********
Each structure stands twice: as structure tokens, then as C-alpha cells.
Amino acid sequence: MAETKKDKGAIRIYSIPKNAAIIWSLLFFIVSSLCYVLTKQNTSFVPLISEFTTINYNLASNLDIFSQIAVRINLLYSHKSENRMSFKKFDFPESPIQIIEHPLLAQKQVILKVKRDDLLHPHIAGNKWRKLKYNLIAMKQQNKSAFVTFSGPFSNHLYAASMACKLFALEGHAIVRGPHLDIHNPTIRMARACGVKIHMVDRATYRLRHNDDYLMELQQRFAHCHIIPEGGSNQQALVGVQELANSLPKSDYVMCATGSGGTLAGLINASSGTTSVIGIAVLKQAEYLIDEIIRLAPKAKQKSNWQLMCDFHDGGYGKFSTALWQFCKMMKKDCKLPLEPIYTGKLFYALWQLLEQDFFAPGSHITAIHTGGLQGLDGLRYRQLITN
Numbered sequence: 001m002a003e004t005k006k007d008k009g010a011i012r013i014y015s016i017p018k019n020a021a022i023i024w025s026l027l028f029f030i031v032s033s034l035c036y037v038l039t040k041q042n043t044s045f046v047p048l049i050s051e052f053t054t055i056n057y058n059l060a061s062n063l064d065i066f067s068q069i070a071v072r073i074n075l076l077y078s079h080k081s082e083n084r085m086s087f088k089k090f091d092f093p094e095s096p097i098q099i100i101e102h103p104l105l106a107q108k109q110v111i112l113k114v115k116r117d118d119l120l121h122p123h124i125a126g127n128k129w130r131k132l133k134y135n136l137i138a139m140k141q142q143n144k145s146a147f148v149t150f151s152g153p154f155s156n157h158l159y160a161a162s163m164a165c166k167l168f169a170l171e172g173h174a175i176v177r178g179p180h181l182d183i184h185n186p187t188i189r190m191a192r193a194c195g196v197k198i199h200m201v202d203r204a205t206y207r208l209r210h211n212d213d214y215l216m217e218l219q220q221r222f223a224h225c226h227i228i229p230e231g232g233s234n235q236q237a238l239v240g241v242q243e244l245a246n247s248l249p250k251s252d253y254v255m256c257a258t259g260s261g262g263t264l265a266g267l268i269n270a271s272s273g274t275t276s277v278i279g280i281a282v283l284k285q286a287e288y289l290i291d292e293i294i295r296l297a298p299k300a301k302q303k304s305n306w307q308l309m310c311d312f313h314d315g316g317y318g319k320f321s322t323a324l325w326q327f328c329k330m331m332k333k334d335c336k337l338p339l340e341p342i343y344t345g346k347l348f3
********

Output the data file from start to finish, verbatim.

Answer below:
Each structure stands twice: as structure tokens, then as C-alpha cells.
Amino acid sequence: MAETKKDKGAIRIYSIPKNAAIIWSLLFFIVSSLCYVLTKQNTSFVPLISEFTTINYNLASNLDIFSQIAVRINLLYSHKSENRMSFKKFDFPESPIQIIEHPLLAQKQVILKVKRDDLLHPHIAGNKWRKLKYNLIAMKQQNKSAFVTFSGPFSNHLYAASMACKLFALEGHAIVRGPHLDIHNPTIRMARACGVKIHMVDRATYRLRHNDDYLMELQQRFAHCHIIPEGGSNQQALVGVQELANSLPKSDYVMCATGSGGTLAGLINASSGTTSVIGIAVLKQAEYLIDEIIRLAPKAKQKSNWQLMCDFHDGGYGKFSTALWQFCKMMKKDCKLPLEPIYTGKLFYALWQLLEQDFFAPGSHITAIHTGGLQGLDGLRYRQLITN
Numbered sequence: 001m002a003e004t005k006k007d008k009g010a011i012r013i014y015s016i017p018k019n020a021a022i023i024w025s026l027l028f029f030i031v032s033s034l035c036y037v038l039t040k041q042n043t044s045f046v047p048l049i050s051e052f053t054t055i056n057y058n059l060a061s062n063l064d065i066f067s068q069i070a071v072r073i074n075l076l077y078s079h080k081s082e083n084r085m086s087f088k089k090f091d092f093p094e095s096p097i098q099i100i101e102h103p104l105l106a107q108k109q110v111i112l113k114v115k116r117d118d119l120l121h122p123h124i125a126g127n128k129w130r131k132l133k134y135n136l137i138a139m140k141q142q143n144k145s146a147f148v149t150f151s152g153p154f155s156n157h158l159y160a161a162s163m164a165c166k167l168f169a170l171e172g173h174a175i176v177r178g179p180h181l182d183i184h185n186p187t188i189r190m191a192r193a194c195g196v197k198i199h200m201v202d203r204a205t206y207r208l209r210h211n212d213d214y215l216m217e218l219q220q221r222f223a224h225c226h227i228i229p230e231g232g233s234n235q236q237a238l239v240g241v242q243e244l245a246n247s248l249p250k251s252d253y254v255m256c257a258t259g260s261g262g263t264l265a266g267l268i269n270a271s272s273g274t275t276s277v278i279g280i281a282v283l284k285q286a287e288y289l290i291d292e293i294i295r296l297a298p299k300a301k302q303k304s305n306w307q308l309m310c311d312f313h314d315g316g317y318g319k320f321s322t323a324l325w326q327f328c329k330m331m332k333k334d335c336k337l338p339l340e341p342i343y344t345g346k347l348f3